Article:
What is more interesting to me though are the core arguments that get bandied about in relation to the perceived “authenticity” of rock music as opposed to pop, and how these notions can lead to enjoyment of pop music being seen as shameful. As Wylie mentions in the comments to this piece, an artist like Neil Young is perceived as being somehow more “authentic” than, say, Missy Elliot, despite coming from an upper middle class family with a famous father, while Elliot came from a truly impoverished broken home and had to fight harder to achieve her popular status. There is another excellent Collapse Board article on this same issue that music fans should also read: “Everything Is Plastic: The Corrupting Ideal of Authenticity In Music” by Scott Creney.
There’s much food for thought to chew on in these articles, but it’s important for me to re-state here on DM—a site where only last week a newish rock band experimenting with electronics called Errors got dismissed as being clones of, err, Hawkwind?!—that following music is now easier than ever. It’s as accessible as simply surfing the net, and as mystifyingly off-putting to older generations as that pass time can be, too. It’s the lame-ass reason that Spin is cutting its reviews (because the audience can hear the music before the review is read - yes, that is what they said!), it’s why Dorian Lynskey’s desk is overflowing with dross, and why shitty “indie rock” matters less now than it ever did.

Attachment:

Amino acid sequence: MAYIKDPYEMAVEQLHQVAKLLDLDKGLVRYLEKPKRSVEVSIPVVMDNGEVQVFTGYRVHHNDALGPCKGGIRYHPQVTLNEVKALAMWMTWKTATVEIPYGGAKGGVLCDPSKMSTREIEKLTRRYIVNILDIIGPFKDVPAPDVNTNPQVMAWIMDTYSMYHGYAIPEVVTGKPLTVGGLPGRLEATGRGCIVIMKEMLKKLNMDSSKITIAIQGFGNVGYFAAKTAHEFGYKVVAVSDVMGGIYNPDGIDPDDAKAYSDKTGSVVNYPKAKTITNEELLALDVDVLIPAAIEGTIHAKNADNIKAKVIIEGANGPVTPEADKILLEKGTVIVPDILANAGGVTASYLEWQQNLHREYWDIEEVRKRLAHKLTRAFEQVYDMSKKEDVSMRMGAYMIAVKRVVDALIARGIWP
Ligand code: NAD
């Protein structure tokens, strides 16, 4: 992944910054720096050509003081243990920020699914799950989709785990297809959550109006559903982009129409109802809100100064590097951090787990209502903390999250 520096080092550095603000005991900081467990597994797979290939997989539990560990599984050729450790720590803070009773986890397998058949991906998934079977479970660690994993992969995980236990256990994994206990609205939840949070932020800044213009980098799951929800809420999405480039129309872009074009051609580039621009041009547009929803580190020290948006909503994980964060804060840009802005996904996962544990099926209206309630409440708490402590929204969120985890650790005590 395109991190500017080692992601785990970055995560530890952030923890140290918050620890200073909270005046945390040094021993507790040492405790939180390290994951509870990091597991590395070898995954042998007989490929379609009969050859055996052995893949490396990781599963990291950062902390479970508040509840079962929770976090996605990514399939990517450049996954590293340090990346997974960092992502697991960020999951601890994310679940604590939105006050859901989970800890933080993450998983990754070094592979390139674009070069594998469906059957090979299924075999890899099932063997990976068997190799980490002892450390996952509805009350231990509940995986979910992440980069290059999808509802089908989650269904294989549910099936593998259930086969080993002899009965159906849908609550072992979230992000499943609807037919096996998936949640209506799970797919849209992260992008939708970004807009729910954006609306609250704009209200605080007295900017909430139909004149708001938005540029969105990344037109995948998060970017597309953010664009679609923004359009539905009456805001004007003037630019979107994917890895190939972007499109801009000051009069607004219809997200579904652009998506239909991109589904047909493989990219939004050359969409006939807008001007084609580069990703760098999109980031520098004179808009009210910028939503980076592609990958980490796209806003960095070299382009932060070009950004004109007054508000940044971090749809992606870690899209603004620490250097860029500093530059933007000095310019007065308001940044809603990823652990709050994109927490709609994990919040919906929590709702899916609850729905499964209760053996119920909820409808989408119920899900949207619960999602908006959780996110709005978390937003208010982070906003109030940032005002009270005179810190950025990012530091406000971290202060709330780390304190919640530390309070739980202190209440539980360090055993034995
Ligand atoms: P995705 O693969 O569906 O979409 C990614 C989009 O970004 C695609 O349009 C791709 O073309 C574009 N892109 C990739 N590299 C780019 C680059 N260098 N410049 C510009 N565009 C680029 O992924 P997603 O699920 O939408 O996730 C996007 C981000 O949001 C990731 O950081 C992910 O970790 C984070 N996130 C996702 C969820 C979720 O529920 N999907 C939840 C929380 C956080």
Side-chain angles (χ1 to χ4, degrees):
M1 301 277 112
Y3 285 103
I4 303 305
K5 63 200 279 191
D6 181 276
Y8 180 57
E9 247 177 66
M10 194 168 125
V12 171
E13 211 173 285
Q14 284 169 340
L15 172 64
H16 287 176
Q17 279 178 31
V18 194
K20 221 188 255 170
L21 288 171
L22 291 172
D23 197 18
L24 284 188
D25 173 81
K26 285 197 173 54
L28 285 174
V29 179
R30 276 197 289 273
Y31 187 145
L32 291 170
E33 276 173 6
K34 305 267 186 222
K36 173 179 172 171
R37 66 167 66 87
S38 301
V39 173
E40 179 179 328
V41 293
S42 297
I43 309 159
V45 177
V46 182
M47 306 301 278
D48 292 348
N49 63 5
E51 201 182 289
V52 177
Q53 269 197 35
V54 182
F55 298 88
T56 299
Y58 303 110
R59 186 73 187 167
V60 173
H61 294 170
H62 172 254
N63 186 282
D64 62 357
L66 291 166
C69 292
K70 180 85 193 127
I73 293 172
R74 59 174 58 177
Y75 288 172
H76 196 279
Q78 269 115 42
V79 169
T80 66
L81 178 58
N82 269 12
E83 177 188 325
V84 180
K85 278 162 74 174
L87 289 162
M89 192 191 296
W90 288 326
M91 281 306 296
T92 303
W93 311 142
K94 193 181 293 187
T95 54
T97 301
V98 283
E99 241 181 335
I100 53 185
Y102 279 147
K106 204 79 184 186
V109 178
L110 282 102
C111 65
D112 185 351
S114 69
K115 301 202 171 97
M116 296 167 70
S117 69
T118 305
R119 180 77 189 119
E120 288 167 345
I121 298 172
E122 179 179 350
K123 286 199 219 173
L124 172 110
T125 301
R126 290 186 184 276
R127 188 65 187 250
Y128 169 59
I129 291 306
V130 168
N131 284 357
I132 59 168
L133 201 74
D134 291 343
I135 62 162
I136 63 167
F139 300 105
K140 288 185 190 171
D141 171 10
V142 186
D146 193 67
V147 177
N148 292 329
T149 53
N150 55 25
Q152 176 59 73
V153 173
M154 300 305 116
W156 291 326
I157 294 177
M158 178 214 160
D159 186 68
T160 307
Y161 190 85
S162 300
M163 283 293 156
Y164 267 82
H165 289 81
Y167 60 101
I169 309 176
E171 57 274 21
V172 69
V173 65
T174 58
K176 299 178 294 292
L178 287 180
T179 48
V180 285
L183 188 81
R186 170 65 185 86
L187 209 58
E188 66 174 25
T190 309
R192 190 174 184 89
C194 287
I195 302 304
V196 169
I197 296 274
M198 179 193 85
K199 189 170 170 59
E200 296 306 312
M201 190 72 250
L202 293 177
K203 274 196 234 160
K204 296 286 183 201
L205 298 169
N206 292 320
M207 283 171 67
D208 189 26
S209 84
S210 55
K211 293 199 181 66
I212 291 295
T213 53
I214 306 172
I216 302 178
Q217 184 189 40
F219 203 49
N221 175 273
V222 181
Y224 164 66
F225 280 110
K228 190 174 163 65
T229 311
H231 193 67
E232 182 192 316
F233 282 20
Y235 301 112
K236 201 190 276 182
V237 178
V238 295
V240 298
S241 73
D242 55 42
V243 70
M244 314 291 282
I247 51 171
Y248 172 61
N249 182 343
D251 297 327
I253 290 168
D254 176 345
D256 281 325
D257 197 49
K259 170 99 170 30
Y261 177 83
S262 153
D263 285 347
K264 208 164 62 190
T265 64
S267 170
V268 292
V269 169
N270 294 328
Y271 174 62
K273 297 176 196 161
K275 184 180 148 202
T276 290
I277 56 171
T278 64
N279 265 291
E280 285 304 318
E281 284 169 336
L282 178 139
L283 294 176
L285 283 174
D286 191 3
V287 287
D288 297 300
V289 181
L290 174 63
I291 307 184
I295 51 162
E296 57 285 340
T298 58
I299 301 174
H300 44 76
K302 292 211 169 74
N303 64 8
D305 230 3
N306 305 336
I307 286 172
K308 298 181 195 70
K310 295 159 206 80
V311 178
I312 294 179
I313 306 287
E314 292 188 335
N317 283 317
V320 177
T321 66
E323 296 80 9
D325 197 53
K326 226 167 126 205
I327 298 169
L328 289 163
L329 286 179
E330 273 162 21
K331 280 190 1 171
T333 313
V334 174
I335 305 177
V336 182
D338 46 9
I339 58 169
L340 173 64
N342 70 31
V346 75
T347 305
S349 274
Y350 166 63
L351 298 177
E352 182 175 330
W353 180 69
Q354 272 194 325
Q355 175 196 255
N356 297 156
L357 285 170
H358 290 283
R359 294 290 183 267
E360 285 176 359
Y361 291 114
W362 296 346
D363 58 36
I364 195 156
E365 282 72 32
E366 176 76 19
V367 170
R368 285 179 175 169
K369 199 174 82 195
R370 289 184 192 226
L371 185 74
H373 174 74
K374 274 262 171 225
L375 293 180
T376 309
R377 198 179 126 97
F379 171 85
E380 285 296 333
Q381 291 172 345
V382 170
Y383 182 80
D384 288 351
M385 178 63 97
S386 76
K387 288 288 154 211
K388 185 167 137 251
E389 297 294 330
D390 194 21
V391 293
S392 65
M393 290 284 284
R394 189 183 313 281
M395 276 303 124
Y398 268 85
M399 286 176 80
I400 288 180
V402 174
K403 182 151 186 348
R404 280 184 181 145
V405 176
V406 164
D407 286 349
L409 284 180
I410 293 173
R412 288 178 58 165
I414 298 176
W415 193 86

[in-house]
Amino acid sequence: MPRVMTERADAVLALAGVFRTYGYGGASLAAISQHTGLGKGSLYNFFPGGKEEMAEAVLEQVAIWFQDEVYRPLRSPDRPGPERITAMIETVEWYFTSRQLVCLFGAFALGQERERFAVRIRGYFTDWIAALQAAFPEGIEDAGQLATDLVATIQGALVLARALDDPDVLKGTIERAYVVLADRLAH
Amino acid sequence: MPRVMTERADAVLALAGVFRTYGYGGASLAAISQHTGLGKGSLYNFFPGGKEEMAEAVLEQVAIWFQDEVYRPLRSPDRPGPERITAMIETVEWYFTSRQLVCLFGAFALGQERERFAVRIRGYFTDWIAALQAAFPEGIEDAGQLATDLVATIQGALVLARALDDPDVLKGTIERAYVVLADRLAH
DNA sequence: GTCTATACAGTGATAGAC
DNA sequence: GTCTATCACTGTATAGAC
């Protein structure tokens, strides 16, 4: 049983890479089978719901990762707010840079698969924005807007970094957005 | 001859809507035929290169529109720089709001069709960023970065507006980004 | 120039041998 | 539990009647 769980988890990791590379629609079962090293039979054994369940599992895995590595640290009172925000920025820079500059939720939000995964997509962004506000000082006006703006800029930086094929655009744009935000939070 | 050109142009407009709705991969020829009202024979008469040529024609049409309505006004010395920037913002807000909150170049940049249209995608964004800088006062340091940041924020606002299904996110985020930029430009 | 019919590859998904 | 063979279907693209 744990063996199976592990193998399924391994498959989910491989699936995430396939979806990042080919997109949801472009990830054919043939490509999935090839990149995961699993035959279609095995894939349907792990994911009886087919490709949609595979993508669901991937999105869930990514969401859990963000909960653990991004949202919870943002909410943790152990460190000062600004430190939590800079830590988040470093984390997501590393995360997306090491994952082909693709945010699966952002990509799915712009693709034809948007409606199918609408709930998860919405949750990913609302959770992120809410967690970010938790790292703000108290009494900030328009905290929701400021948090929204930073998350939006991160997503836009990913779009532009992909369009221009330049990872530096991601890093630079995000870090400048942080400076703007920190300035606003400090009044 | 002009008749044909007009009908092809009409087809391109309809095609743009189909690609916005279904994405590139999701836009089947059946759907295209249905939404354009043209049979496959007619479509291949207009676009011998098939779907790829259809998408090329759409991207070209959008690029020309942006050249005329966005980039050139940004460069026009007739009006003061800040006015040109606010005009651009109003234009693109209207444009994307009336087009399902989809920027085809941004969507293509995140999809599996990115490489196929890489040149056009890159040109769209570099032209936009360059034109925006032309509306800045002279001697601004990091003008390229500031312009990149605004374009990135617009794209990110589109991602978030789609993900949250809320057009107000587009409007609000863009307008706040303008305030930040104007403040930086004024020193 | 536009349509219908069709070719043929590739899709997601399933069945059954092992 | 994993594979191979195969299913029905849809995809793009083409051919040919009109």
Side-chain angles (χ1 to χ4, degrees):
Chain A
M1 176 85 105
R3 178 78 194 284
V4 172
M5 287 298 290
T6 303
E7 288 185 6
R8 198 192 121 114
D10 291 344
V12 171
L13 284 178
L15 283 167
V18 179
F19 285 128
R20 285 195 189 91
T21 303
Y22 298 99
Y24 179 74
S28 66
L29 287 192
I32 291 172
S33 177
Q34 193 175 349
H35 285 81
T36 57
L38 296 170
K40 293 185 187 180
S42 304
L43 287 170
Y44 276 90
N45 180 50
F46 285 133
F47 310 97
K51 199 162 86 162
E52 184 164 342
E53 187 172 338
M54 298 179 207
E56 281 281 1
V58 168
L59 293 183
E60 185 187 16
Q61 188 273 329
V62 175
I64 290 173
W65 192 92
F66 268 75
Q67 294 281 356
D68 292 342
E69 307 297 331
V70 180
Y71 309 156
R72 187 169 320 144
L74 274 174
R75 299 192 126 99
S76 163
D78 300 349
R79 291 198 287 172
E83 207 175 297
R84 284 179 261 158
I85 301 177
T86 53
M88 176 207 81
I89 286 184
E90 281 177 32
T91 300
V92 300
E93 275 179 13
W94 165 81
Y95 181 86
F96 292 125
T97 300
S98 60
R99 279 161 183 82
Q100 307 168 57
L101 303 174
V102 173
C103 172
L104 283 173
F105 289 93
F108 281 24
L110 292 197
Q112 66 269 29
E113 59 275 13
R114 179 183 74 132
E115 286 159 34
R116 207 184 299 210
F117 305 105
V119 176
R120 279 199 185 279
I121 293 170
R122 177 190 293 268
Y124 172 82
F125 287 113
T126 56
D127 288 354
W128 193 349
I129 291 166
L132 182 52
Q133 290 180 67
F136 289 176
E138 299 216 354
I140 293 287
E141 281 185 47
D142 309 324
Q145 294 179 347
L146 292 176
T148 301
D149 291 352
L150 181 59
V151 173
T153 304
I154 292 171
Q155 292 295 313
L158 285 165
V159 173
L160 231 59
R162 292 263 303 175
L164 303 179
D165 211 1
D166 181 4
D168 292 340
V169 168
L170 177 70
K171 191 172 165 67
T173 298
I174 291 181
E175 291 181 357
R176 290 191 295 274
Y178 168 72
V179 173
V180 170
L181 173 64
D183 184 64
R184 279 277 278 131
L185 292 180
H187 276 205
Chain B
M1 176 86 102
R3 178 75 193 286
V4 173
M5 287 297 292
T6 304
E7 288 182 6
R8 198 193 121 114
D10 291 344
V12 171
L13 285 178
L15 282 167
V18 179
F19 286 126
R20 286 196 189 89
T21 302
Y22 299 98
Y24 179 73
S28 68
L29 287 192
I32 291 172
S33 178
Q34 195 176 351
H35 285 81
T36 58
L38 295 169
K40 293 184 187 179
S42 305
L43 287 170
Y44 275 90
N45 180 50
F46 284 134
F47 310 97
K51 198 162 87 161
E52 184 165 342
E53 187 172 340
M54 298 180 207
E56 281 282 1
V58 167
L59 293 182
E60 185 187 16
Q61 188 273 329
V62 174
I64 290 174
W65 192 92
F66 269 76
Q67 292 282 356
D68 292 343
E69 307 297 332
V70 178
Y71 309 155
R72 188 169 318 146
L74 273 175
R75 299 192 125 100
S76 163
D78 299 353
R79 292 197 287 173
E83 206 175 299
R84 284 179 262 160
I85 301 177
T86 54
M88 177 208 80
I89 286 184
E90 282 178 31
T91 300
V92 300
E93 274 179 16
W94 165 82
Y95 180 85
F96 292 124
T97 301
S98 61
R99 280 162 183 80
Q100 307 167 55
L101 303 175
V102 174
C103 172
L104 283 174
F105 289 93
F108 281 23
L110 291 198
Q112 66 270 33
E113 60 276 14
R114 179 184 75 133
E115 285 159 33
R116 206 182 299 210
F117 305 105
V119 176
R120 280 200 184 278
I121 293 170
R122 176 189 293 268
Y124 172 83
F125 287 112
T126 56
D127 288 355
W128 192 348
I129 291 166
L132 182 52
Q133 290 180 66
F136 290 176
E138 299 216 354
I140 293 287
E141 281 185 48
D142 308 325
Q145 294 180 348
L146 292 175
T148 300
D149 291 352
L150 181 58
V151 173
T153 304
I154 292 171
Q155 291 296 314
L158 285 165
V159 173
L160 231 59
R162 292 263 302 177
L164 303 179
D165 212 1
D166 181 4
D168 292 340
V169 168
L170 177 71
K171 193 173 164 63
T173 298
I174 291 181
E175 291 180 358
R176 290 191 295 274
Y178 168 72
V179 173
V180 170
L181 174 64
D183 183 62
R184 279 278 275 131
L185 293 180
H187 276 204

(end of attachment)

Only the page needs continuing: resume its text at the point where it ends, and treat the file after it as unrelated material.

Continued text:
NOBODY is too old for pop music, or even the music of the younger generations, regardless of genre. I’ll leave you with this quote from Wallace Wylie:
When a music fan starts to imagine that the essential sprit of music lies in holding on to an old idea rather than embracing a new one, it’s probably fair to say that they have become something of a musical conservative. I say this without labeling myself the most forward thinking of listeners. I merely state it as an absolute, unarguable fact.
If you’re not familiar with the work of the British music writer and academic Andrew Dubber, then this is a perfect place to start. He’s a man of many talents, with a very future-positive outlook to make all the current music industry doom-sayers blush. Rather than me boring you trying to sum up all he does, here’s his bio as appears on his website andrewdubber.com:
Andrew Dubber is an academic, author, public speaker, blogger, music reviewer, radio and music industry consultant, whisky writer, podcaster, record collector, DJ, broadcaster and record producer. He is Reader in Music Industries Innovation at Birmingham City University, an advisor to Bandcamp and Planzai, manages half a dozen blogs, and is the founder of New Music Strategies – a pan-European music think tank and strategy group. In his spare time, he coaches productivity and time management.